The analysis of trusses

A truss: A truss is a structure made of two force members all pin connected to each other. The method of joints: This method uses the free-body-diagram of joints in the structure to determine the  forces in each member. For example, in the above structure we have 5 joints each having a free body diagram as follows Note how Newton’s third law controls how one introduces on the joints A and on the joint B. For each joint one can write two equations ( ). The moment equation is trivially satisfied since all forces on a joint pass trough the joint. For example, for the above truss we have 5 joints, therefore we can write 10 equations of equilibrium (two for each joint). In the above example there are seven unknown member forces (FAB, FBC, FCD, FED, FEC, FBE, FAE)  plus three unknown support reactions (A, Dx, Dy), giving a total of 10 unknowns to solve for using the 10 equations obtained from equilibrium. The method of sections: This method uses free-body-diagrams of sections of the truss to obtain unknown forces. For example, if one needs only to find the force in BC, it is possible to do this by only writing two equations. First, draw the free body diagram of the full truss and solve for the reaction at A by taking moments about D. Next draw the free body diagram of the section shown and take moments about E to find the force in BC. In the method of sections one can write three equations for each free-body-diagram (two components of force and one moment equation).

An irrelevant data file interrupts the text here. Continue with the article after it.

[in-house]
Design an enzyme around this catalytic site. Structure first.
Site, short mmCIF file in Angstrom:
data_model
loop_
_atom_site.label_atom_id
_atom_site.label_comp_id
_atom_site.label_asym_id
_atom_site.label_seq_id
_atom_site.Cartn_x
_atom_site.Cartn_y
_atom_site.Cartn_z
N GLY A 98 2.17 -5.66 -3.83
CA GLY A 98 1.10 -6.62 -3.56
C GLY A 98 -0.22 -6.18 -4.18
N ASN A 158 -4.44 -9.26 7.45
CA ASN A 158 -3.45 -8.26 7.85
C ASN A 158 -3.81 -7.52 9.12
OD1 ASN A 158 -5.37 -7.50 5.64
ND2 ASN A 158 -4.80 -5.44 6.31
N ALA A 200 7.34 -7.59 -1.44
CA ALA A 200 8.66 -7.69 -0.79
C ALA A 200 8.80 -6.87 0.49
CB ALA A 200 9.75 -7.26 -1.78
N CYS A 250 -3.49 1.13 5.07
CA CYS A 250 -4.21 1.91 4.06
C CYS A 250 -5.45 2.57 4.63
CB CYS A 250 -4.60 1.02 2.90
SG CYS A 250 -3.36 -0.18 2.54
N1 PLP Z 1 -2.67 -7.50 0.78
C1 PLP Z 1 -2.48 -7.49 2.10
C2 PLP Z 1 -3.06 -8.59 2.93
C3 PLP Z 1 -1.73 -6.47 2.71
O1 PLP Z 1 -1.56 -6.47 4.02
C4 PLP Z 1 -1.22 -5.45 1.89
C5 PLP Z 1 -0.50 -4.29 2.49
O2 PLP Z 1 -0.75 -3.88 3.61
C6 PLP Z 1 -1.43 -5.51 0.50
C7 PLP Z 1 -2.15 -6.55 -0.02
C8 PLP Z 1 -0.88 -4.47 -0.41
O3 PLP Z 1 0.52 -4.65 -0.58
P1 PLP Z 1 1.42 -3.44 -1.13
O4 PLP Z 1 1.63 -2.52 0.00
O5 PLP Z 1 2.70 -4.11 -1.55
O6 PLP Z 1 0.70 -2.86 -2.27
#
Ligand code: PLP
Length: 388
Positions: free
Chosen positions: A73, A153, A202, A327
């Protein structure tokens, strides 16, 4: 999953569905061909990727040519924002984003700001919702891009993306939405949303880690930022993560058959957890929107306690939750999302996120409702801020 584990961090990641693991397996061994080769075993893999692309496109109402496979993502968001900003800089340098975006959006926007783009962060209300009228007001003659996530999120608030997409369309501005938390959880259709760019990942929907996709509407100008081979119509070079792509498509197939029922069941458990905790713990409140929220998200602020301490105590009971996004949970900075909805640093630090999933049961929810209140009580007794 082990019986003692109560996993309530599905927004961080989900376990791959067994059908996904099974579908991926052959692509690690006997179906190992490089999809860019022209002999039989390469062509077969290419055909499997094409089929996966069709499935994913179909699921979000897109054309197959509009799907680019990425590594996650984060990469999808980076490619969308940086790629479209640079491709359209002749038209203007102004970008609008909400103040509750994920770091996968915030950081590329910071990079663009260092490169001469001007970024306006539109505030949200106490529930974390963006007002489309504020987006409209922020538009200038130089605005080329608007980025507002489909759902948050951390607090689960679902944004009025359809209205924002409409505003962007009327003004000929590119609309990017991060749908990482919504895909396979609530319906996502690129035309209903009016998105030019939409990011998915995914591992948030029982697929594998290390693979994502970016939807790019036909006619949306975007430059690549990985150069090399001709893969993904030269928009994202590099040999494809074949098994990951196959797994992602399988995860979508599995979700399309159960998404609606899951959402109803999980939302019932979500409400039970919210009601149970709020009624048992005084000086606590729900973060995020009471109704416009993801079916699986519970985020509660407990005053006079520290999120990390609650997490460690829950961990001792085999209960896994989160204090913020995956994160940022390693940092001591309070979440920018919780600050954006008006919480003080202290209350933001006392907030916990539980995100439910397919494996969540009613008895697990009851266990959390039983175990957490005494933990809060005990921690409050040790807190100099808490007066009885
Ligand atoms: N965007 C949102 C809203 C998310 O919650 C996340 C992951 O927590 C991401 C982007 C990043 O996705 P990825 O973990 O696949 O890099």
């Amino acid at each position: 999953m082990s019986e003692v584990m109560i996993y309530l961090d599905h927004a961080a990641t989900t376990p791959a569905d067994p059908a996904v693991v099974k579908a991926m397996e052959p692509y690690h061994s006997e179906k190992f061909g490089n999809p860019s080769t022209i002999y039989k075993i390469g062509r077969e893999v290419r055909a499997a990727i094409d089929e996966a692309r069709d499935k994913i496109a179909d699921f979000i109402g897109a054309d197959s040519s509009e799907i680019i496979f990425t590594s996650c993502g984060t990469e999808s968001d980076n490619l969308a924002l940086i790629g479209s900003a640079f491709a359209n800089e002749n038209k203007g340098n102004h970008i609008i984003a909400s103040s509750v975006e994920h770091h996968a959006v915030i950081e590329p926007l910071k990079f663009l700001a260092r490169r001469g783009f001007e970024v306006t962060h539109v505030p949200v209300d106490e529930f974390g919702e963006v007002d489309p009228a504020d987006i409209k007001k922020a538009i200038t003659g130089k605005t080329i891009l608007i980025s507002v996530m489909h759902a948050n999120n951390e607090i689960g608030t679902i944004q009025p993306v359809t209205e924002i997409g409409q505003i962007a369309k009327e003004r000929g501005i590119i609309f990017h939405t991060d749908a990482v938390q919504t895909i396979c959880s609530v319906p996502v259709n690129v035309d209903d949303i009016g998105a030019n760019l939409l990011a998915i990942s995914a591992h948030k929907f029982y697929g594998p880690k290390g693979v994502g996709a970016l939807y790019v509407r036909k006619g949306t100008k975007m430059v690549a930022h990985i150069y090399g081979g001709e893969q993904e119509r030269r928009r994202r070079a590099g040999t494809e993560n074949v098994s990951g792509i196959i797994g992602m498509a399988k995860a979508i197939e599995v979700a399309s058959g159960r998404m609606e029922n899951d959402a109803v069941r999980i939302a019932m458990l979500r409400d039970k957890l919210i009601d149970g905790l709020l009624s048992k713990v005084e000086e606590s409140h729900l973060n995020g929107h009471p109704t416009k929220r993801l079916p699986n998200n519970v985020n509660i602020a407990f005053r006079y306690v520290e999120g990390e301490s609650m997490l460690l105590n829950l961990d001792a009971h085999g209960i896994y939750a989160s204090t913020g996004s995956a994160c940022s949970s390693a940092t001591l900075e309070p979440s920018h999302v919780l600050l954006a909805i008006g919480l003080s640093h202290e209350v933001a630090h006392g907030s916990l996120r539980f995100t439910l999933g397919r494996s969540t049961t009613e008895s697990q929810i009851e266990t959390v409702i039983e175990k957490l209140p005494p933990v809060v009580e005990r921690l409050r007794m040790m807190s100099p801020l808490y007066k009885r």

Things to consider:

·        Zero force members: Some members in a truss cannot carry load. These members are called zero force members. Examples of zero force members are the colored members (AB, BC, and DG) in the following truss. Consider the following free-body-diagrams If you sum the forces in the y-direction in the left free-body-diagram, you will see that FAB must be zero since it is not balanced by another force. Then if you sum forces in the y-direction you will find that FBC must also be zero. If you sum the forces in the y direction in the right free-body-diagram, you will see that FDG must be zero since it is not balanced by another force.

·        A redundant joint: Sometimes a joint is redundant. For example, in the following free-body-diagram the load is directly transmitted from each member to the one opposite it without any interaction. By summing forces along the y-direction one will get F2=F4, and by summing forces along the Y‑direction one will get F1=F3.

·        Redundant members: Sometimes a structure contains one or more redundant members. These members must be removed from the truss, otherwise one will have an insufficient number of equations  to solve for the unknown member forces. Slender members are not very useful in compression since they buckle and, as a result, lose their load carrying capability. For example, in the following truss one of the two members AC or BD is redundant. To solve the problem, we remove member BD which will go into compression as a result of the applied loading (i.e., the diagonal AC will have to increase in length and the diagonal BD will have to decease in length for the structure to bend to the right). If we did not remove this member we would have 9 unknowns (five member loads and four support reactions) and only 8 equations (two for each joint). ·        Mechanisms: Sometimes there is too much freedom in a structure. For example, the following structure cannot carry any load since it will collapse under the load.  ·        Curved members: Remember that the two forces acting on a two-force-member are along the line connecting the two points on which the loads are applied.